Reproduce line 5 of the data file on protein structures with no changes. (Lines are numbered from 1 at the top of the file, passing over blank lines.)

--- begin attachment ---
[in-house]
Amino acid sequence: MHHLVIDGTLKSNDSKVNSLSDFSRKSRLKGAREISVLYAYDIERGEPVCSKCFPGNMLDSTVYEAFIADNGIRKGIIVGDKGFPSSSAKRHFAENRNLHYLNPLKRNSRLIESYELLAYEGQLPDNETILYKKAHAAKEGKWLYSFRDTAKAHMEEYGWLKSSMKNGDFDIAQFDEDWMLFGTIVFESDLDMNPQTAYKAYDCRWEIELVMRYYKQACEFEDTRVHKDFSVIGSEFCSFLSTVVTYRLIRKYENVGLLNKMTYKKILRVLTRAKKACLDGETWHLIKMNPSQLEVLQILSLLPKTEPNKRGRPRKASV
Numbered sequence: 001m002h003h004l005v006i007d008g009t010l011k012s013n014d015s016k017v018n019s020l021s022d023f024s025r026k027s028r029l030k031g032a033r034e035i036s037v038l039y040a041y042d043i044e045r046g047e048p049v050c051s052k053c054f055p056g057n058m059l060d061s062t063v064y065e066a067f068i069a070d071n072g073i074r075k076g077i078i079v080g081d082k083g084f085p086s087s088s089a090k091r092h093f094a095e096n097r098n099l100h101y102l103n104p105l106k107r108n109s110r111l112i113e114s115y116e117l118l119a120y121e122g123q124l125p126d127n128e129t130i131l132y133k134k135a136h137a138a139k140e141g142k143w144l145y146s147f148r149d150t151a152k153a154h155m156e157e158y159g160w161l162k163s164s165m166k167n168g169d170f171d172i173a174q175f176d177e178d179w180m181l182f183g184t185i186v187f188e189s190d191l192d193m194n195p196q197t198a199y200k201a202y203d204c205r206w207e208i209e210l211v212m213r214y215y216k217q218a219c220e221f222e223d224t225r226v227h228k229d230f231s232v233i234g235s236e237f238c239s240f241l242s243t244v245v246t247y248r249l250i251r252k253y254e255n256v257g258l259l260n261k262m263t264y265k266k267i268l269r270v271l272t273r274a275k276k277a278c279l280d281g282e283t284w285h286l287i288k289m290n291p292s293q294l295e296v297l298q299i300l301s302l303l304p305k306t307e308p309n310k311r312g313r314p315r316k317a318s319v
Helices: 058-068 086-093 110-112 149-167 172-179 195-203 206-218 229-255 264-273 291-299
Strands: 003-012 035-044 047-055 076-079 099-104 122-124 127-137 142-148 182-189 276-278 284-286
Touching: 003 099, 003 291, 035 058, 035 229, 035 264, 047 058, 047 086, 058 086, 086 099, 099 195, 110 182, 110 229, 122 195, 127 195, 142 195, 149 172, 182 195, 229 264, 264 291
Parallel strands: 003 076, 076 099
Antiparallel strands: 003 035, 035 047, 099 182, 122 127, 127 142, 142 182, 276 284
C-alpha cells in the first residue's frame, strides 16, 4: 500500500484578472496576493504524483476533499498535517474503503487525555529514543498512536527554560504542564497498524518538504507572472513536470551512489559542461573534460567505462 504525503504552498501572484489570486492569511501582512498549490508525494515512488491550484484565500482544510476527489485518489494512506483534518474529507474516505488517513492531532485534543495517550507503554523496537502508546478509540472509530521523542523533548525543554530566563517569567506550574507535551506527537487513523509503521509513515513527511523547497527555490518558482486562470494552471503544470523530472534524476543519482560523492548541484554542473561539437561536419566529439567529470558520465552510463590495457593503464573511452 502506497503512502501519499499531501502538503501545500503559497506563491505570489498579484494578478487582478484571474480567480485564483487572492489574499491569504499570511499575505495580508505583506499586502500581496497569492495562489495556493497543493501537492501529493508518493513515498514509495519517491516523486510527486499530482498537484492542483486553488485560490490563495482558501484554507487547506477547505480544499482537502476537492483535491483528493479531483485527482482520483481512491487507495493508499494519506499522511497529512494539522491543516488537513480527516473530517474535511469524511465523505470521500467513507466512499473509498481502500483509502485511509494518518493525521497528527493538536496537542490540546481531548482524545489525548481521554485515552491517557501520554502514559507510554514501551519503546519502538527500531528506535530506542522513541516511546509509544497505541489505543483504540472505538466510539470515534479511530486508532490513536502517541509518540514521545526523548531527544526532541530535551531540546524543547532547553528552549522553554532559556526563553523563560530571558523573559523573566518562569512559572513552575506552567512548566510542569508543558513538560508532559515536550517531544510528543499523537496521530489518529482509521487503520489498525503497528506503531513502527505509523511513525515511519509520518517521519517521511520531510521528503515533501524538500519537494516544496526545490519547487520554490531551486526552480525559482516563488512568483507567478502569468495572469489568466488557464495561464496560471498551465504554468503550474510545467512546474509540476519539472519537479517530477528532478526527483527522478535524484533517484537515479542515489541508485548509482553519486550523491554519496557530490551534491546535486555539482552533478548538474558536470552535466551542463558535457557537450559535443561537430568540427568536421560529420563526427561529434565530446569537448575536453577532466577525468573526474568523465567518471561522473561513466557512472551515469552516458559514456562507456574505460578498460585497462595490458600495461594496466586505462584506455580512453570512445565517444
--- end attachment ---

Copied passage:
Strands: 003-012 035-044 047-055 076-079 099-104 122-124 127-137 142-148 182-189 276-278 284-286